The only thing that varies with respect to time is the amplitude of the signal, and if you measure this at regular intervals and note the values, then have a recording of the signal.
Once you have a set of figures that represent a waveform you could mathematically manipulate the figures. For example, you could multiply all the values by 2 thereby doubling the signal amplitude. You could add +2 to all the values, which would obviously offset the signal by +2.
Due to a huge number of figures involved, a computer best performs these types of mathematical operations, requiring digital processing.
In electronics, there is a special chip called a DSP or Digital Signal Processor, which performs this type of mathematical manipulation. This chip has dedicated hardware-based circuits to perform mathematical operations on the signal data. This enables the chip to operate very fast on real-time data, without having to store the data first.
Nearly all signal processing requires a multiplication step somewhere in the algorithm, and nearly all will have some form of addition or summation step. Microprocessor manufacturers realised this and incorporated hard-wired circuits to speed-up these types of operations. As a result, many modern processors will have a MAC function that will multiply and accumulate the result in a special register. This function allows programmers to implement filter algorithms such as the Fast Fourier Transform (FFT) much more easily.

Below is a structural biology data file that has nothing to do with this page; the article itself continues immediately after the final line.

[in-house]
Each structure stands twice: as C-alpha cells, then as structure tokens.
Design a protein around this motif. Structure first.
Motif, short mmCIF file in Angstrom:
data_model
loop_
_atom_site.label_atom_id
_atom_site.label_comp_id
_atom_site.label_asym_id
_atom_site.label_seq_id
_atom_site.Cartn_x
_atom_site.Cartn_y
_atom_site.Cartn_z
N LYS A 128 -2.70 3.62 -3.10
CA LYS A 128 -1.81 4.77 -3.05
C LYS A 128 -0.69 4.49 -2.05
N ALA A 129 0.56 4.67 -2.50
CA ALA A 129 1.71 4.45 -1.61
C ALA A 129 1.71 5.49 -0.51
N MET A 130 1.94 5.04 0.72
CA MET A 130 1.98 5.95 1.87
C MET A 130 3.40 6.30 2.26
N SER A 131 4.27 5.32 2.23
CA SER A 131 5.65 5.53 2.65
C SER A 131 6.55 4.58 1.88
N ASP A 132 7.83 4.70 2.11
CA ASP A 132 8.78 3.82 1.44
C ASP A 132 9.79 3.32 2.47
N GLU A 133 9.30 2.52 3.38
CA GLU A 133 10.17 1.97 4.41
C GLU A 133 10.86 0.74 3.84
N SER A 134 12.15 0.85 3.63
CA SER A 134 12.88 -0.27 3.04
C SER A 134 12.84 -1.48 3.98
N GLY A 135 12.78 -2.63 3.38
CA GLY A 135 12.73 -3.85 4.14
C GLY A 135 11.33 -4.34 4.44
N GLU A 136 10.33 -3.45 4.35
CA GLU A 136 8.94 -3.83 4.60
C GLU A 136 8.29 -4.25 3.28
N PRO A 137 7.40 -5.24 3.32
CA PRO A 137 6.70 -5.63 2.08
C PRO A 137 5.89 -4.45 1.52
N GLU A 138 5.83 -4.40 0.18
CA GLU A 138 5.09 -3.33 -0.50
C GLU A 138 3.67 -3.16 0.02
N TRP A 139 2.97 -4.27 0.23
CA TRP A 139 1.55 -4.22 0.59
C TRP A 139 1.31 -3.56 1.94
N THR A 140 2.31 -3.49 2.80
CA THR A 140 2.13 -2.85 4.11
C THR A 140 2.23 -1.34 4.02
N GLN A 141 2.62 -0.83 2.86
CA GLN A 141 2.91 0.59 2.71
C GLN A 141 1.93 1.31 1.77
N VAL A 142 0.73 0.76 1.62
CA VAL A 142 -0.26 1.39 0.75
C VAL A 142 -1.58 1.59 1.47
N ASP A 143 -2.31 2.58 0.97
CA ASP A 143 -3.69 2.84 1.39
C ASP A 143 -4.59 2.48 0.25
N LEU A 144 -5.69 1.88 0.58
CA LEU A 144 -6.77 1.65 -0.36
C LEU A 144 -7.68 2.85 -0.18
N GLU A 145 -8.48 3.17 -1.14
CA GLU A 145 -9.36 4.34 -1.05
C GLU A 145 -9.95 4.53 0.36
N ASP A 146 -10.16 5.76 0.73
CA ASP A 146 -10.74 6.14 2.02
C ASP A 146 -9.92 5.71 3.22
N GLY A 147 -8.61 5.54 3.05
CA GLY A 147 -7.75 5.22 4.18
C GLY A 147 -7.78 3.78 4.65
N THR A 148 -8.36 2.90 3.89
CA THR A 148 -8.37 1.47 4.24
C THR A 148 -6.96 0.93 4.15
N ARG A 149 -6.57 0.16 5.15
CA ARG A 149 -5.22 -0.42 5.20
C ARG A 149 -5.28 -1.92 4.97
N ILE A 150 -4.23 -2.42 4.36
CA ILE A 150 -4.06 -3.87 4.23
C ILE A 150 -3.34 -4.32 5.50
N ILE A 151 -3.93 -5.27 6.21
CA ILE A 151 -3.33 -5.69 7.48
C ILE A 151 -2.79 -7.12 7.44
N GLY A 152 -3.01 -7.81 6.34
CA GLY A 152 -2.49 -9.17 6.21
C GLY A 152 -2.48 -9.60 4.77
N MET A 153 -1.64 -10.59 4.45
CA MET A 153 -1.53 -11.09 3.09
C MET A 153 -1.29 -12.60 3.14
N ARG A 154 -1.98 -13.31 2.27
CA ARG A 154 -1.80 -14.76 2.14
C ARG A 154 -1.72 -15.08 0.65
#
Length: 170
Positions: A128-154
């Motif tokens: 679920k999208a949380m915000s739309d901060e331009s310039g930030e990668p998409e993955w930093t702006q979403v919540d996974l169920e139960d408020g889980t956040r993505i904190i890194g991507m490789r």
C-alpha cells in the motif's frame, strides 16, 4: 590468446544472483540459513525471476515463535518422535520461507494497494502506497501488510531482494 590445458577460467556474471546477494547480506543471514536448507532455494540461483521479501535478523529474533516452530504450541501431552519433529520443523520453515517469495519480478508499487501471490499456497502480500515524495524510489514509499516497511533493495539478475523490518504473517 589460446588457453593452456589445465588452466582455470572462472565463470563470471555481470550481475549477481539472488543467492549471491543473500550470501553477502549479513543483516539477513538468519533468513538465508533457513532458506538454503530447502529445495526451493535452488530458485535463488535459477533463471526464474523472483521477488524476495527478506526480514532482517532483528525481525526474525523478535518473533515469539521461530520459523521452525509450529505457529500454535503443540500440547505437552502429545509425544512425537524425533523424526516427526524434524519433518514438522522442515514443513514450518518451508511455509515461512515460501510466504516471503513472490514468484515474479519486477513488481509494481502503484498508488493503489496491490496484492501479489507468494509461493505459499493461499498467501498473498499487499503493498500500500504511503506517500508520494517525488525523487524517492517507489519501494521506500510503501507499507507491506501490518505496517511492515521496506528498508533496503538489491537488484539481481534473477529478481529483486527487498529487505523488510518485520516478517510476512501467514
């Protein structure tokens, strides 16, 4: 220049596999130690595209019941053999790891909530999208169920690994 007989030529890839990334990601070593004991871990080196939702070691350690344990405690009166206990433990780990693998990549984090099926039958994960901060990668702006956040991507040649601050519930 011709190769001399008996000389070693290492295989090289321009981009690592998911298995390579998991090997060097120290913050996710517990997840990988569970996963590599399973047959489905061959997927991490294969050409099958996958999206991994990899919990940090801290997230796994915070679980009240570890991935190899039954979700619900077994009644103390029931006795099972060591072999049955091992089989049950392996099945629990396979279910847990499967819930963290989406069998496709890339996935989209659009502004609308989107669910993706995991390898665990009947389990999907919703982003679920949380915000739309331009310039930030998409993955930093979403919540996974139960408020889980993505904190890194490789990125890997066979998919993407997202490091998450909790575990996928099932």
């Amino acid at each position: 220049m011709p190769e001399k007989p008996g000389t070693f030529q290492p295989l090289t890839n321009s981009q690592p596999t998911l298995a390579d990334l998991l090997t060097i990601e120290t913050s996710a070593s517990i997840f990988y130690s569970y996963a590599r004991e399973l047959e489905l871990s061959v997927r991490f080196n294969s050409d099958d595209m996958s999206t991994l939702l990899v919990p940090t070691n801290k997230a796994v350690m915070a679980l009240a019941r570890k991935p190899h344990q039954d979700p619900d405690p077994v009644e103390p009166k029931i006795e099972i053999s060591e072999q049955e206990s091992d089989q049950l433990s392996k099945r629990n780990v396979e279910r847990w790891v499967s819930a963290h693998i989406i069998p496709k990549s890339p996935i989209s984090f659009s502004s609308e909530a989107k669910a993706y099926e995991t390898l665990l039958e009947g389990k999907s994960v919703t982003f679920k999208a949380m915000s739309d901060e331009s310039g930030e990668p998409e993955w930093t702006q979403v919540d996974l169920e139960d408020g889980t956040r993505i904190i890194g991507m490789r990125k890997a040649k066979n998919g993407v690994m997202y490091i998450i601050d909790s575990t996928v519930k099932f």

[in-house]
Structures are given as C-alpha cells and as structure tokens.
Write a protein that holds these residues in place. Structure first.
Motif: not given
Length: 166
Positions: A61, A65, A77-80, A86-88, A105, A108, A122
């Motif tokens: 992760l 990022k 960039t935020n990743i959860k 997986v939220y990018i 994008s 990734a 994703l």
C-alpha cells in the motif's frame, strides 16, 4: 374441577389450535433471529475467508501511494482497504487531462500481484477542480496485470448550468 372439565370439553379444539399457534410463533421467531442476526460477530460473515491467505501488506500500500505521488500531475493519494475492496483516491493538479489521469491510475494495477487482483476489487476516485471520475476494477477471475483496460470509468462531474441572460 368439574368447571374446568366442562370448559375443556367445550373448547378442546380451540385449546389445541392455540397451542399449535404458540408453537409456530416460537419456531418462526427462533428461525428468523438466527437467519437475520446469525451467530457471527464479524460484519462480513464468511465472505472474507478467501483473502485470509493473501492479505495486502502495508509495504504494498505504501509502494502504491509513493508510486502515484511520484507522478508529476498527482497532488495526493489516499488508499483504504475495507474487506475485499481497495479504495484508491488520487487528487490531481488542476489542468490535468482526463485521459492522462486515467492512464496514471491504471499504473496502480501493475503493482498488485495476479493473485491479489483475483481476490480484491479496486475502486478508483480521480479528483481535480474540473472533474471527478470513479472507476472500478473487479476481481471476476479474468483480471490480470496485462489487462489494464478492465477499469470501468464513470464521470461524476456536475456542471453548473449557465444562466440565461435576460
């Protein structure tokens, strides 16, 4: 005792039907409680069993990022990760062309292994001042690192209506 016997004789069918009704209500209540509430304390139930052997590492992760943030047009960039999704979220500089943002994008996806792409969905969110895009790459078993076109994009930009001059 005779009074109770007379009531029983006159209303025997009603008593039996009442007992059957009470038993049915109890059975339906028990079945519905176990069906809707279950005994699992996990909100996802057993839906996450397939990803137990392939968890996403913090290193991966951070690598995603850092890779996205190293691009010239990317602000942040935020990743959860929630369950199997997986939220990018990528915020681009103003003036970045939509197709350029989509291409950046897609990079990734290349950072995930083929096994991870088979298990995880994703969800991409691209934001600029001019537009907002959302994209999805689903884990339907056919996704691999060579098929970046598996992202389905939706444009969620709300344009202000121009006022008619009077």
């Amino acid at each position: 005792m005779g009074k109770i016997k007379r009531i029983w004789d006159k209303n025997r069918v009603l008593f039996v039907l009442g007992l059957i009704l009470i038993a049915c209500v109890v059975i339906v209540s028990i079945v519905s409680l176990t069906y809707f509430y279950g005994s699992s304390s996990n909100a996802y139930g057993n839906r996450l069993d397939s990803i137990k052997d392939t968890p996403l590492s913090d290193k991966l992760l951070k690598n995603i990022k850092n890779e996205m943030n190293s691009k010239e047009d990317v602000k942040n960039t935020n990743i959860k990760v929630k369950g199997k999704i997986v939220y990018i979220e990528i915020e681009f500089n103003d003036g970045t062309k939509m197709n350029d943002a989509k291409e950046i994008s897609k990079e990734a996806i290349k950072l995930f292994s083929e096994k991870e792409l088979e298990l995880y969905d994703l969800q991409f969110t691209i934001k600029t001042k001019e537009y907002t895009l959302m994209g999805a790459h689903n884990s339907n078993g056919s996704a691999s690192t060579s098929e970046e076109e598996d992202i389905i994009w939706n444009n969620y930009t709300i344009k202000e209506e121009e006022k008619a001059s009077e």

History of DSP
Back in the 60s storage devices such as hard disks did not exist for storing all those amplitude values, instead, they hired a pretty typist to enter those values into the computer by hand.
Since computers were slow, mathematicians had to find clever little mathematical steps to process large amounts of data using the least amount of computing resources. They managed to reduce the processing into the fewest number of multiplication steps and compute cycles.
Take a simple set of mathematical steps and convert them into a large head-spinning formula that only you can understand and you are a genius! Hilbert and Fourier did just that with their transforms. The numerical operations required to implement those formulas are so simple that you could do them manually on a simple vintage calculator.
Application: The Eurofighter
This plane has hundreds of transducers and sensors relaying information to the main computer. Unfortunately, the engine strapped at the back, radiates electromagnetic noise.
Since the central computer needs to receive accurate clear information about the engine, as signals contaminated by noise could prove disastrous, DSP chips filter out any noise components.
Of course, the Eurofighter is a fly-by-wire plane and there is no manual override, so it is extremely important that the computers receive clean uncontaminated signals from the engine subsystems.